Writing “The Bones That Walk”

“There, Miss Jones, there they are — the bones that walk!”
“I doubt you very much, Smythe. Why, I see nothing more than bare white bone.
Where are the tendons, ligaments, or any other connective tissue? Where, I say!
Why, there’s not so much as a shimmer of ectoplasm connecting THOSE bones.
They float, perhaps — They Do Not Walk.”


Woodcut Danse Macabre by Michael Wolgemut, 1493

Believable Descriptions for Corporeal Undead

The reading public of the 21st century is a visual public, for good or ill, and that can be a difficult thing to overcome when trying to keep descriptions sparse but meaningful. Add in the element of walking dead bodies, whether flesh-bearing or reduced to the essentials of a naked skeleton, and almost invariably there is a hesitation in belief for the written scene.

Further, most editors constantly harp upon “Show, don’t tell” (counter-intuitive for someone who was raised as a Story Teller!) Visualizations that have previously made the transition from paper to screen give us some guidance into methods that do indeed work. Go read a Stephen King novel *prior* to viewing the best corresponding film version sometime. For video treatments I have personally seen, this is especially true for “Silver Bullet,” THE TOMMYKNOCKERS, or the TV mini-series version of THE STAND. (Not to mention IT!)





[Editor’s note:
This vintage movie poster, that of Bram Stoker’s
1922 silent horror movie, “NOSFERATU” –a true
cult classic– was an early influential addition to
the horror genre, and to horror films in particular.
Although it’s only subtly related here, still it conveys
an important part of this article’s theme, that is:
multiple ways of building the image.

Notice the ticket prices. They could make a person weep!]


The following five techniques can be your salvation in speaking of any type of the unliving “damned to walk beyond life”: ghouls, zombies, skeletons, wights, mummified corpses, etc. (All examples shown were created specifically for this article and make deliberate exaggerations …)

1. IMPROVE SPECIFIC DETAIL — Increasing the level of detail to include specifics can increase both verisimilitude and the level of horror. Example for a reanimate skeleton: “My fright and shock deepened as I witnessed the yellowing tendons contract and relax in time with the movement of the starkly gleaming white of the bones, what little powdered muscle remained flaking away with each staggering step.”

2. IMPROVE GENERAL DETAIL — Sometimes, thinking in cinematic “wide-shot” can reduce the dependence on lower detail levels. In the case of a relentlessly pursuing pack of zombie-oids: “As the sledgehammer broke through the concrete outer vault, a cascade of earth erupted from nineteen surrounding graves. Whether some spark ignited the blasts or the coffers were lifted by an unknown arcane power, twenty corpses scrabbled upward and began to converge on Jim and me. In terror, Jim slammed the heavy steel hammer down upon the skull of the nearest — only to see the skull explode in a rain of writhing *things*, and the moving corpse reach out with claw-fingered hands. The entangled hammer was wrenched away by a savage twist of the torso. Beyond thinking, we ran toward the caretaker’s shed.”

3. CONVEY MORBIDITY BY OTHER SENSES — Remember our pack of zombie-oids? What would make them even more horrific, NON-visually: scent, feel, taste, or sound? How about a description of breathing, for lungs without obvious purpose for doing so? “The awful silence shattered behind us as the rotting door collapsed inward. Forty rotting lungs, twenty pairs unbreathing by any normal definition yet thunderous in their exhalations after the lumber rattled into stillness, filled the passage with grave-mold stench.” Involve the sense of feel indirectly, too: “The staggering mass of the unliving slowly pounded closer, and the ground beneath us quivered as if in answer.”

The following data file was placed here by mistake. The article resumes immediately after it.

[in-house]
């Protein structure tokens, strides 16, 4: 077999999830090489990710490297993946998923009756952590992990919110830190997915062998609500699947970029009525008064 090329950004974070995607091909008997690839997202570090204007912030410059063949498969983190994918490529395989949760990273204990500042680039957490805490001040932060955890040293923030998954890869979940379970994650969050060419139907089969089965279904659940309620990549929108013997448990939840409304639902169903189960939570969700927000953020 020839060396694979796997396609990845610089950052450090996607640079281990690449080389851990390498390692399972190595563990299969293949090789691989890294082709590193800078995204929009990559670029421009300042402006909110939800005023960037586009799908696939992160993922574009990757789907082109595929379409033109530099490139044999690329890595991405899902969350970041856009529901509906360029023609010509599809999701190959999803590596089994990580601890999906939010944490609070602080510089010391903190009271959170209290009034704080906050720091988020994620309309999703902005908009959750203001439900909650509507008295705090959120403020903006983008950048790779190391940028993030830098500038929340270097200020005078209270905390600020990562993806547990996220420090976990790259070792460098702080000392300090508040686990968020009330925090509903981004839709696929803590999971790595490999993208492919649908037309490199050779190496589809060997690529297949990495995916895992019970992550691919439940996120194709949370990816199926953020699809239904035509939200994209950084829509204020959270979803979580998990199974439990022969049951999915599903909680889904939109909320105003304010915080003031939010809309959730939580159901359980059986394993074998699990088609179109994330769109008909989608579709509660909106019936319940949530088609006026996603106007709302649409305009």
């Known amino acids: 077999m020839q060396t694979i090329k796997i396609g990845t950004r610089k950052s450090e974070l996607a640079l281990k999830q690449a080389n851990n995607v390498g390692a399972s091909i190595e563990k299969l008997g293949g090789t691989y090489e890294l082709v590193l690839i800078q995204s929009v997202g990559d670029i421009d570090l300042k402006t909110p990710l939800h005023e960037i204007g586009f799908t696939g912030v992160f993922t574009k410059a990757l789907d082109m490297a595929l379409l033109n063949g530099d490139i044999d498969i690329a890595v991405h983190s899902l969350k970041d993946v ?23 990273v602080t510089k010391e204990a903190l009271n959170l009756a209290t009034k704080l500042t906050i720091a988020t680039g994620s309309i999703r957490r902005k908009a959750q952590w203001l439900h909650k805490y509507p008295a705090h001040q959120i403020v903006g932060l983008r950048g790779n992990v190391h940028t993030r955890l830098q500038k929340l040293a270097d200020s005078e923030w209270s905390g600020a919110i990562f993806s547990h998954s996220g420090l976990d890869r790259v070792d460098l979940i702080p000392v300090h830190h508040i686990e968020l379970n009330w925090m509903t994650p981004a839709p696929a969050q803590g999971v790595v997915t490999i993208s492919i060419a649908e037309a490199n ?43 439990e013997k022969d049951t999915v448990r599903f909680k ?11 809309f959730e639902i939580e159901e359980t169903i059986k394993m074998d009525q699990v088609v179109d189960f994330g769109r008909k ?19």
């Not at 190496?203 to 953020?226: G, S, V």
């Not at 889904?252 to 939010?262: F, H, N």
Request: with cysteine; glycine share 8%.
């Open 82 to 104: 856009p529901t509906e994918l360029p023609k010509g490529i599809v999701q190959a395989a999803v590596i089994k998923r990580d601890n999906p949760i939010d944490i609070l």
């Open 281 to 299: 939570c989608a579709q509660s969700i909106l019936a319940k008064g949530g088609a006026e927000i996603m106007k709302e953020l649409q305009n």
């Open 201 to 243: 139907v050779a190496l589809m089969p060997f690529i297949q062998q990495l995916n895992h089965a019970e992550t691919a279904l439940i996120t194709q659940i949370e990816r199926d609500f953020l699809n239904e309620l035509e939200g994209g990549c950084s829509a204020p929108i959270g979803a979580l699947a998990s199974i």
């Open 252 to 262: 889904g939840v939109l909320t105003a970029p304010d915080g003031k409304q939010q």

4. IMPROVE DETAIL BY REFERENCE — Evoke images from common culture, drawing upon icons from literary, graphic arts, and other media. Consider the illustration on the box for many current computer games: “The face of the fiend could have as easily been staring out from a screen in a gruesome computer game as in through the porthole glass.”

Consider the classic monster movies as well:

“The vile creatures came complete with the torn, pale flesh of mangled Dracula victims.”


“The white glare of the dead eyes peered out above flesh as green as that of Frankenstein’s monster, who in turn stared out with Karloff’s heavy lids from an antique movie poster on the wall.”

5. MULTI-PUNCH SENSORY UTILIZATION — Combine as many of the other forms as are needed to set your scene and populate it with the unliving. “As damp globs of earth fell from the rotten clothing of the grave wight, the soft splashings as they struck the ground were barely audible above the patter of the light rain. Green-white flesh, where it was visible, stretched tightly above the horrid white of well-bleached bones — giving the eyeless face a visage much like that of Peter Cushing, or perhaps even Vincent Price at his creepiest.”

Any of the above can be applied with too heavy a hand — I warned you the examples are exaggerated! — and become laughably stereotypical, possibly even breaking that mythical “fourth wall” of the stage you build through words. There are certainly some stories where this can be done, and done to great effect, after the reader has become wrapped up in the story-telling.

In other words: always know when to stop!

Tell A Writer
Mike C Baker

Mike currently lives in north central Texas and admits to being a COBOL programmer, technical analyst, and IT generalist. In his copious spare time, he writes and explores alternative worlds. Somewhere along the way, he THINKS he has learned a bit. He also sharpens knives (and wits). Some of his online ramblings are found at Black Eagle Wizards Den.